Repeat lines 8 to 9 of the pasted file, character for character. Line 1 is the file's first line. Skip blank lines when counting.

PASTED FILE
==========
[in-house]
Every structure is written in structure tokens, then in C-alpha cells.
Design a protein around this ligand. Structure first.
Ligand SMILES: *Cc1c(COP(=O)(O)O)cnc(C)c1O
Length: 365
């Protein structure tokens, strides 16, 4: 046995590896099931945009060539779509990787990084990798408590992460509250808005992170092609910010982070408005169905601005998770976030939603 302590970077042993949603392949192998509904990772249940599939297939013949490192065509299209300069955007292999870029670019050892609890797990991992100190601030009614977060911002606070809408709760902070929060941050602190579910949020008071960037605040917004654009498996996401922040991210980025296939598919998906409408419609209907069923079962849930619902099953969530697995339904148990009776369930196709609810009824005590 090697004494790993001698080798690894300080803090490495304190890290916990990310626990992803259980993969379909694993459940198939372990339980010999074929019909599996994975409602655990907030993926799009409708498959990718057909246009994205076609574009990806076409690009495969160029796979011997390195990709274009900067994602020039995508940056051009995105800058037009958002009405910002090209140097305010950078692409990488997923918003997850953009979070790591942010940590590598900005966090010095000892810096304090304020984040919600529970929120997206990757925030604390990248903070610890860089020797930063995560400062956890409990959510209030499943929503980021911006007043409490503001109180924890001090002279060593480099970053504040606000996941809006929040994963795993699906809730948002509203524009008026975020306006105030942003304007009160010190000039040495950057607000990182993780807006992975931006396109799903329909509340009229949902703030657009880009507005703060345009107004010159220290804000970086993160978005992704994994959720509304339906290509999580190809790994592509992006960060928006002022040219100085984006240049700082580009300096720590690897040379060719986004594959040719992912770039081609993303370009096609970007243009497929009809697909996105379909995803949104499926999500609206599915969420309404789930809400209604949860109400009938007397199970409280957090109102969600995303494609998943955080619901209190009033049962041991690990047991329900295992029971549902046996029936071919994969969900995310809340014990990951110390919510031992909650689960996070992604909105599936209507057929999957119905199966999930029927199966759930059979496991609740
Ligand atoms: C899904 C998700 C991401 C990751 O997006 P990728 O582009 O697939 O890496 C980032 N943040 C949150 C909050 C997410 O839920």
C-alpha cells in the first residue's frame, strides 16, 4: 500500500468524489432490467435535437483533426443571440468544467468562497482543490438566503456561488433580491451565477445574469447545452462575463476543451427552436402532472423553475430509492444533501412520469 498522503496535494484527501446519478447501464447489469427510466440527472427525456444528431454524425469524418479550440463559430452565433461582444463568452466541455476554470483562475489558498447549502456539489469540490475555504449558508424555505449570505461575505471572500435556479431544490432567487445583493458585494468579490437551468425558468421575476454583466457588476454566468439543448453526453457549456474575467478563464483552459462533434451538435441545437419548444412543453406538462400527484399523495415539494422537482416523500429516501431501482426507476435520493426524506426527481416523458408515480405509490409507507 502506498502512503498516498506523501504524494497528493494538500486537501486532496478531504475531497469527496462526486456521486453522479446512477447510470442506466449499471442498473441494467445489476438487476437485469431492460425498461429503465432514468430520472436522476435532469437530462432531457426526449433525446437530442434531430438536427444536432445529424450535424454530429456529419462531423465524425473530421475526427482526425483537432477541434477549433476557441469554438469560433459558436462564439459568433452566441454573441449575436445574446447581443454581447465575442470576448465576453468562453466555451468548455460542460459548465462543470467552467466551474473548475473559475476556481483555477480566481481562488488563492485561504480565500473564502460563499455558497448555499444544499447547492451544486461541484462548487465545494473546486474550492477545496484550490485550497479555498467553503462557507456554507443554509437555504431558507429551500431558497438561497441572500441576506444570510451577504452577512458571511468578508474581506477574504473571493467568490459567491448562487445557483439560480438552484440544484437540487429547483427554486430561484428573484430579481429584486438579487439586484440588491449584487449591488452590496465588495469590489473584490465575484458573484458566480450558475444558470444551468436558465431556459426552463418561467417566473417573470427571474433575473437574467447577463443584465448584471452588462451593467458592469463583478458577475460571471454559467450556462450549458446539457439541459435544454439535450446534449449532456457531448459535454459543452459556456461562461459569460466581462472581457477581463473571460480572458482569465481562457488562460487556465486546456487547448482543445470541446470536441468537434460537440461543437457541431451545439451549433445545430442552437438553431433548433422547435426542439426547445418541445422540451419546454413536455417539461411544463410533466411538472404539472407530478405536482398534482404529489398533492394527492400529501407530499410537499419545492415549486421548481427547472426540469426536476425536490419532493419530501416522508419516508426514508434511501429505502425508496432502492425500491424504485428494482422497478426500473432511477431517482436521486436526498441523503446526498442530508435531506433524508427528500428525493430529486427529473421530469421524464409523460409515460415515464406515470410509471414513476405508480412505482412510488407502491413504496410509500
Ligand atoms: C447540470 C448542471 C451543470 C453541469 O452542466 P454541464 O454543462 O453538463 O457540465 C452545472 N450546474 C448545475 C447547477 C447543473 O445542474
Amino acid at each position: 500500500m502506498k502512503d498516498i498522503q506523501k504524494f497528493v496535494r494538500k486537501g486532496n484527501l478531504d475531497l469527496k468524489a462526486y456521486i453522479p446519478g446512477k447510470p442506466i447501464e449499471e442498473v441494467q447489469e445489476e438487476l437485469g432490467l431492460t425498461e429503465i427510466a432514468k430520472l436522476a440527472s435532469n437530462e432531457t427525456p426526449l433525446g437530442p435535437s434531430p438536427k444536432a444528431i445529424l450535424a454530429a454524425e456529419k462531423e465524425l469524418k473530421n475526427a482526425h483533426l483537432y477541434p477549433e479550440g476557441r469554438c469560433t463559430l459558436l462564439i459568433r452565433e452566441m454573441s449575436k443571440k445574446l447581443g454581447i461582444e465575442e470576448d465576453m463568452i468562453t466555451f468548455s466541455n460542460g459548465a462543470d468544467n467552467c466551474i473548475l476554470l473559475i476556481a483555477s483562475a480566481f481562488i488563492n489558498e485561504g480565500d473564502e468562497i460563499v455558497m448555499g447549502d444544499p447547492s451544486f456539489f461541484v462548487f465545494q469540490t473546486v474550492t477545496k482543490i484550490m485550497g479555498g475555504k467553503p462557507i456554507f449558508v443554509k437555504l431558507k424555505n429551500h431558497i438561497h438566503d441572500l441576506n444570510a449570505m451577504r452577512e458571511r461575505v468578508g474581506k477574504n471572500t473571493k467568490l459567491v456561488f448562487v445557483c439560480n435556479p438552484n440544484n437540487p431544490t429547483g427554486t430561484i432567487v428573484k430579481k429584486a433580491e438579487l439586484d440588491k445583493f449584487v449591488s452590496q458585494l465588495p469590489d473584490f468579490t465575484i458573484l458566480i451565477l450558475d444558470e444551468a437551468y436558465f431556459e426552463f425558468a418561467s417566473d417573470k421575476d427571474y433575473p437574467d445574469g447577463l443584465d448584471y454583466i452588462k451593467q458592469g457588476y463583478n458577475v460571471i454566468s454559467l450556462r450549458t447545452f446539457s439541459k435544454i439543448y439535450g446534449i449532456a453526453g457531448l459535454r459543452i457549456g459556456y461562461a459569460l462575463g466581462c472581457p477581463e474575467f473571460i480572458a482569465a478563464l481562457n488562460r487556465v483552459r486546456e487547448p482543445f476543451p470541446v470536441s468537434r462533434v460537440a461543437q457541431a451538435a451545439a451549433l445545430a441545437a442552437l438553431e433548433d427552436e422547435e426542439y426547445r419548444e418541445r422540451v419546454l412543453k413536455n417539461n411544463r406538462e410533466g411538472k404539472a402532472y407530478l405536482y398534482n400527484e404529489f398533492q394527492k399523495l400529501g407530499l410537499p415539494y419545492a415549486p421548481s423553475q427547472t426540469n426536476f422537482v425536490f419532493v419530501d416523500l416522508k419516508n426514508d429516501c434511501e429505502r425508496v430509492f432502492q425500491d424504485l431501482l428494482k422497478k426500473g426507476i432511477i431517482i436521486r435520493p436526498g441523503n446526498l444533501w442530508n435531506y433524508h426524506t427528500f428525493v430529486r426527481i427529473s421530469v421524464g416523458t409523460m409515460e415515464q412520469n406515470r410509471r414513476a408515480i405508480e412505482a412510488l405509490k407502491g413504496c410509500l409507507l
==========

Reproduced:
C-alpha cells in the first residue's frame, strides 16, 4: 500500500468524489432490467435535437483533426443571440468544467468562497482543490438566503456561488433580491451565477445574469447545452462575463476543451427552436402532472423553475430509492444533501412520469 498522503496535494484527501446519478447501464447489469427510466440527472427525456444528431454524425469524418479550440463559430452565433461582444463568452466541455476554470483562475489558498447549502456539489469540490475555504449558508424555505449570505461575505471572500435556479431544490432567487445583493458585494468579490437551468425558468421575476454583466457588476454566468439543448453526453457549456474575467478563464483552459462533434451538435441545437419548444412543453406538462400527484399523495415539494422537482416523500429516501431501482426507476435520493426524506426527481416523458408515480405509490409507507 502506498502512503498516498506523501504524494497528493494538500486537501486532496478531504475531497469527496462526486456521486453522479446512477447510470442506466449499471442498473441494467445489476438487476437485469431492460425498461429503465432514468430520472436522476435532469437530462432531457426526449433525446437530442434531430438536427444536432445529424450535424454530429456529419462531423465524425473530421475526427482526425483537432477541434477549433476557441469554438469560433459558436462564439459568433452566441454573441449575436445574446447581443454581447465575442470576448465576453468562453466555451468548455460542460459548465462543470467552467466551474473548475473559475476556481483555477480566481481562488488563492485561504480565500473564502460563499455558497448555499444544499447547492451544486461541484462548487465545494473546486474550492477545496484550490485550497479555498467553503462557507456554507443554509437555504431558507429551500431558497438561497441572500441576506444570510451577504452577512458571511468578508474581506477574504473571493467568490459567491448562487445557483439560480438552484440544484437540487429547483427554486430561484428573484430579481429584486438579487439586484440588491449584487449591488452590496465588495469590489473584490465575484458573484458566480450558475444558470444551468436558465431556459426552463418561467417566473417573470427571474433575473437574467447577463443584465448584471452588462451593467458592469463583478458577475460571471454559467450556462450549458446539457439541459435544454439535450446534449449532456457531448459535454459543452459556456461562461459569460466581462472581457477581463473571460480572458482569465481562457488562460487556465486546456487547448482543445470541446470536441468537434460537440461543437457541431451545439451549433445545430442552437438553431433548433422547435426542439426547445418541445422540451419546454413536455417539461411544463410533466411538472404539472407530478405536482398534482404529489398533492394527492400529501407530499410537499419545492415549486421548481427547472426540469426536476425536490419532493419530501416522508419516508426514508434511501429505502425508496432502492425500491424504485428494482422497478426500473432511477431517482436521486436526498441523503446526498442530508435531506433524508427528500428525493430529486427529473421530469421524464409523460409515460415515464406515470410509471414513476405508480412505482412510488407502491413504496410509500
Ligand atoms: C447540470 C448542471 C451543470 C453541469 O452542466 P454541464 O454543462 O453538463 O457540465 C452545472 N450546474 C448545475 C447547477 C447543473 O445542474